Read My Rings

tyleroakley:

This Southwest Airlines flight attendant is kind of perfect.

(via tigerbeatbox)

slytheringsnake:

my sister just tried to ask me if i wanted to go to bed but instead it came out “Do you need to use the sleep?”

and then she just kinda looked really horrified at herself and whispered

"Maybe i need to use the sleep"

(via closertosatan)

pemwin:

ladybowtheboo:

asobita-i:

Reblog for the last one

it’s a game show where everyone eats the furniture in a room and tries to see which is made of chocolate

So basically you’re telling me this is the best fucking game ever created

(Source: iraffiruse, via stellastellar)


So this little cigarette right here has sparked a whole new brand of TFiOS hate, much of which is coming from people who claimed to love the book. 
Many people are now pointing out how “pretentious” Augustus is, and I can’t help but think, You’re only just now realizing this. He was written to be a seemingly pretentious and arrogant person. The acknowledgement of this is actually highly important because, without it, the book loses the message that a hero’s journey is that of strength to weakness. 
Augustus Waters has big dreams for himself. He wants to be known and remembered; he wants to be a hero; he wants to be seen as perfect. But there’s already something standing in his way… He has a disability, and society tells him that a person cannot be both perfect and disabled. So what does he do? He creates a persona for himself. He tries to appear older and wiser than he is. But the pretentious side of him is NOT who he truly is. It’s all an act. (This is evident in the fact that he often uses words in the wrong context.)
And when his cancer returns, we begin to see his mask cracking. The true Augustus begins to bleed through… Hazel even takes notice of this from time to time. And by the time we get to the gas station scene, Augustus is no longer the picture of perfection he was when we met him. The play has been canceled. The actor must reveal himself. And he’s revealed to be a weak, defenseless boy, succumbing to the cancer that is made of him.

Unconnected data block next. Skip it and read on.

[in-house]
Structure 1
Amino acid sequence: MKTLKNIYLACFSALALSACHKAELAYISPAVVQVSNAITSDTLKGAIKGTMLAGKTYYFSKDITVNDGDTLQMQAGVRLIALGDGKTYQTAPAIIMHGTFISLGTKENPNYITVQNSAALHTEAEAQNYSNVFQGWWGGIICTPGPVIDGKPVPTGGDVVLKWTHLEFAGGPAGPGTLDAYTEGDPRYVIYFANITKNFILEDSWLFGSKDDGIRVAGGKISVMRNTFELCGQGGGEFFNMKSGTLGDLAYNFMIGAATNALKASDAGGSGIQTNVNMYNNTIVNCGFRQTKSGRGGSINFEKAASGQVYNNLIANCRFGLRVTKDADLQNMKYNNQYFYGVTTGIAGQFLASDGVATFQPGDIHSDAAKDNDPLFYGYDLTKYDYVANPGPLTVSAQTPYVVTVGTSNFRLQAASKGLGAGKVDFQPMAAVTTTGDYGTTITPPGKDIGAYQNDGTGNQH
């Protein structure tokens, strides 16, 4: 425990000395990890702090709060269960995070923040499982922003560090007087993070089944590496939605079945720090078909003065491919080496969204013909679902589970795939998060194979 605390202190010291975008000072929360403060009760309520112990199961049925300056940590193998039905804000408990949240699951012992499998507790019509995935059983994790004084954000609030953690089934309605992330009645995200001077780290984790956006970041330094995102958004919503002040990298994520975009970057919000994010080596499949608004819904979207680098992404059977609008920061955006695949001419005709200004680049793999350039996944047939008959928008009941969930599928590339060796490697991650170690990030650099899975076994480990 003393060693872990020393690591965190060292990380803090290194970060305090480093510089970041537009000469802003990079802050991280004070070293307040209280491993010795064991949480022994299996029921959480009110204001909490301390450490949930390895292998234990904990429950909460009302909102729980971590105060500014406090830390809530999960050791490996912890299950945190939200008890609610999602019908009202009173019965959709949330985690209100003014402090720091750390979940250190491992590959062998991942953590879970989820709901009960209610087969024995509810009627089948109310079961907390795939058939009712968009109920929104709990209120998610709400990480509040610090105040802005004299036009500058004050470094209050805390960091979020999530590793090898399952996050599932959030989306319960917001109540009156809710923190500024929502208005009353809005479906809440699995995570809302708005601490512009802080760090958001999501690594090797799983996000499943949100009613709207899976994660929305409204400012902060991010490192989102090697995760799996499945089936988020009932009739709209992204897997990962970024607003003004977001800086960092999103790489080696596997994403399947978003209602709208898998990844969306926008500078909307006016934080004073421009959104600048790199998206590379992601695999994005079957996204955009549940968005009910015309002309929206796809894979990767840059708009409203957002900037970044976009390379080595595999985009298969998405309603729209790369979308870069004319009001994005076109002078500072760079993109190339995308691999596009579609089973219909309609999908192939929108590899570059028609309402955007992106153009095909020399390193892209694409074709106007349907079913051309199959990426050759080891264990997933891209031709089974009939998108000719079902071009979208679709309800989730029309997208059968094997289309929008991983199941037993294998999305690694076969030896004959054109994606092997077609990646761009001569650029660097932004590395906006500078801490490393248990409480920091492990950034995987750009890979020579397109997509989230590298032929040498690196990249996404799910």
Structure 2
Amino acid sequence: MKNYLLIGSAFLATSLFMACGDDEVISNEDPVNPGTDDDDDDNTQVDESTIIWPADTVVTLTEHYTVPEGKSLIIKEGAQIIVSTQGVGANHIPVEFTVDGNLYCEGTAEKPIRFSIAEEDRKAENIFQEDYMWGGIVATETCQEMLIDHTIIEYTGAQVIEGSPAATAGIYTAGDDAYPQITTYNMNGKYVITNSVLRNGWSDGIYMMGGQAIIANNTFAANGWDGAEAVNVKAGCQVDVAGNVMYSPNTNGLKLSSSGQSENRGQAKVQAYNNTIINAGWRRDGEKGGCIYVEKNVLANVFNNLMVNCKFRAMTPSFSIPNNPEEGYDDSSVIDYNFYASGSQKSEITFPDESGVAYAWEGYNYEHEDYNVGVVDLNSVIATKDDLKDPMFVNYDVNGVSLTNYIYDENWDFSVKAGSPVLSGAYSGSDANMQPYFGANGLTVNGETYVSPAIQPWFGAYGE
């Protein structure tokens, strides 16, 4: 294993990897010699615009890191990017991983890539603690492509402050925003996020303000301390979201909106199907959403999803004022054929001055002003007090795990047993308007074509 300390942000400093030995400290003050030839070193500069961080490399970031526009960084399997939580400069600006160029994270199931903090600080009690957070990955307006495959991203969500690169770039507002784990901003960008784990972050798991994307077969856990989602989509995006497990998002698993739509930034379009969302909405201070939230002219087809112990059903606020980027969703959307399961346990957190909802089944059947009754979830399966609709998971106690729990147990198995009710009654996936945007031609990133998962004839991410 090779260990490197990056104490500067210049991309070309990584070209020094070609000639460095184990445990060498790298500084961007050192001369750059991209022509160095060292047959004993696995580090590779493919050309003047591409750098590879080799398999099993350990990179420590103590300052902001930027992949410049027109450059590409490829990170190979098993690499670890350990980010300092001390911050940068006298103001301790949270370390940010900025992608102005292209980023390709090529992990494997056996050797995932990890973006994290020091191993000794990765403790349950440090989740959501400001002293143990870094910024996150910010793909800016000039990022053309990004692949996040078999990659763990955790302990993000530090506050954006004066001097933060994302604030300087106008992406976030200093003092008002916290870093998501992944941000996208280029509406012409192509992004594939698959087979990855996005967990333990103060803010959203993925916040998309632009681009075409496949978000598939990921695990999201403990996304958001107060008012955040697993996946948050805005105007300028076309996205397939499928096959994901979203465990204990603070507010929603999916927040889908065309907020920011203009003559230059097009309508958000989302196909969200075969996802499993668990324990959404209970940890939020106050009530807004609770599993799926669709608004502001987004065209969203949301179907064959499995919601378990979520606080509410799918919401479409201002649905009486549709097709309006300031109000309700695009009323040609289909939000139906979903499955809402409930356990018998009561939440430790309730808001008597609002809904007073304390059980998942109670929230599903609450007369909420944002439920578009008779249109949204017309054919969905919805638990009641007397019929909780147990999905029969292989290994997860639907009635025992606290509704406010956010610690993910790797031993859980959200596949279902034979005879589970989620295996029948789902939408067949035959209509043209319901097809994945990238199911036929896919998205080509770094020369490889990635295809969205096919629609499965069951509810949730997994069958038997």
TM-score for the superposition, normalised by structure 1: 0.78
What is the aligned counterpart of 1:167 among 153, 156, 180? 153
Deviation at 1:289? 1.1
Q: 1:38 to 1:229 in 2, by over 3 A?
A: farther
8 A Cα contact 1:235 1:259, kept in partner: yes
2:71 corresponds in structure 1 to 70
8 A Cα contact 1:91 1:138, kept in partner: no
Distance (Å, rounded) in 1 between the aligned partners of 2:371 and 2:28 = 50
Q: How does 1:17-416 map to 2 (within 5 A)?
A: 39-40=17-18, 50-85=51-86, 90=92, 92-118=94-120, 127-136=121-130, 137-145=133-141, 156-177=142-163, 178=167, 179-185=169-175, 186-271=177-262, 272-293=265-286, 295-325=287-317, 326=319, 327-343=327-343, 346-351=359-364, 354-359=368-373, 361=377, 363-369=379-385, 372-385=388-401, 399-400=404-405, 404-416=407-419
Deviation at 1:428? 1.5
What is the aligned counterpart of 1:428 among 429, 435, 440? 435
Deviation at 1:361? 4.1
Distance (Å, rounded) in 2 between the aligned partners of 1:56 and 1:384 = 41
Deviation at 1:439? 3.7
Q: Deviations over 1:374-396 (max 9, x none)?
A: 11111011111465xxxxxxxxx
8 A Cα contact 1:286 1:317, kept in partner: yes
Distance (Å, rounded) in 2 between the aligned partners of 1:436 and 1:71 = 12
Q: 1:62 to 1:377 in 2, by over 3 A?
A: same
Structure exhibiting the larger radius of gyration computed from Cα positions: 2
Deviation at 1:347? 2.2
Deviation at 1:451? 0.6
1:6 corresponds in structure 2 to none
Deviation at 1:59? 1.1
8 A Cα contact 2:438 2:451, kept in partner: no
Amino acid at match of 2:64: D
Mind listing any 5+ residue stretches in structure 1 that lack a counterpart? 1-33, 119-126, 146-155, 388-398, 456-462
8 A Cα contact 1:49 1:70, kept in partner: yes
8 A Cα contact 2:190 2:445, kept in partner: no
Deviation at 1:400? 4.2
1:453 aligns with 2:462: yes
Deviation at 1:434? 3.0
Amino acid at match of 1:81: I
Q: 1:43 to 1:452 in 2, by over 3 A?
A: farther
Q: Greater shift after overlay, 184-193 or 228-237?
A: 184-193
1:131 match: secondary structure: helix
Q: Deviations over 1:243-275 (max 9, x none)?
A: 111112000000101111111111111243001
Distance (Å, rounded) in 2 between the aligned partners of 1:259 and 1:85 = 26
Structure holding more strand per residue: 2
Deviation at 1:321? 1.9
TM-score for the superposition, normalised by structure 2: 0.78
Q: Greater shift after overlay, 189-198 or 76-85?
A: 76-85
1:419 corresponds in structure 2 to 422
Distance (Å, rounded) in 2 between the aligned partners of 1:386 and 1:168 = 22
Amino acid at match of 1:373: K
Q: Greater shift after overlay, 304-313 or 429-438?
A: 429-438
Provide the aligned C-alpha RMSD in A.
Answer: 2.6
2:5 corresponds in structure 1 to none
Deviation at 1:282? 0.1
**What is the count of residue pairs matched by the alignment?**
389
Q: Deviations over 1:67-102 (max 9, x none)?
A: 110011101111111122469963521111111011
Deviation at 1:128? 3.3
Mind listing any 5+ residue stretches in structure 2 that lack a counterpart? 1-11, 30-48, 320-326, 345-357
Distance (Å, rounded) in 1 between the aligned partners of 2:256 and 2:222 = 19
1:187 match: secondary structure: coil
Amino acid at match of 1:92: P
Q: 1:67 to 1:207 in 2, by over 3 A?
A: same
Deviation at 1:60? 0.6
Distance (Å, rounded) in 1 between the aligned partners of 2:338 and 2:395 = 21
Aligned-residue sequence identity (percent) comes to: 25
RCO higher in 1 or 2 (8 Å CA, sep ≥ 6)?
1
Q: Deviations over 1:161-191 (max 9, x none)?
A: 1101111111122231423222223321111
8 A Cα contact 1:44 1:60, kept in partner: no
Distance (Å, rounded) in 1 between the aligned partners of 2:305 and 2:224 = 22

THE PRETENTIOUSNESS IS INTENTIONAL. It stands to show Augustus’s journey from flawless to flawed, from strong to weak. It’s the key to understanding that Augustus was the hero he always wanted to be, even if he didn’t realized it. 

So this little cigarette right here has sparked a whole new brand of TFiOS hate, much of which is coming from people who claimed to love the book. 

Many people are now pointing out how “pretentious” Augustus is, and I can’t help but think, You’re only just now realizing this. He was written to be a seemingly pretentious and arrogant person. The acknowledgement of this is actually highly important because, without it, the book loses the message that a hero’s journey is that of strength to weakness

Augustus Waters has big dreams for himself. He wants to be known and remembered; he wants to be a hero; he wants to be seen as perfect. But there’s already something standing in his way… He has a disability, and society tells him that a person cannot be both perfect and disabled. So what does he do? He creates a persona for himself. He tries to appear older and wiser than he is. But the pretentious side of him is NOT who he truly is. It’s all an act. (This is evident in the fact that he often uses words in the wrong context.)

And when his cancer returns, we begin to see his mask cracking. The true Augustus begins to bleed through… Hazel even takes notice of this from time to time. And by the time we get to the gas station scene, Augustus is no longer the picture of perfection he was when we met him. The play has been canceled. The actor must reveal himself. And he’s revealed to be a weak, defenseless boy, succumbing to the cancer that is made of him. 

THE PRETENTIOUSNESS IS INTENTIONAL. It stands to show Augustus’s journey from flawless to flawed, from strong to weak. It’s the key to understanding that Augustus was the hero he always wanted to be, even if he didn’t realized it. 

(Source: tfios-changed-my-life, via snark--week)

rocprinceray:

White People: - “Black people are always pulling the race card!”

rocprinceray:

White People: - “Black people are always pulling the race card!”

(via jh0n)

peacocktales:

For real though why do boys complain about kissing girls who have red lipstick on? It just gets on your lips so now you’re wearing it too?? It’s a free makeover and now you’re lookin fab why complain??? So ungrateful?????

(via laurenrostash)

probablyharrison:

my grandma and great aunt have passed this card back and forth every birthday for almost 20 years

(via scumsucking)

towongfoo:

you’re telling me a chicken fried this rice?

(via sfeng)

lohgan:

This sums up my life pretty well

lohgan:

This sums up my life pretty well

(via mydrunkkitchen)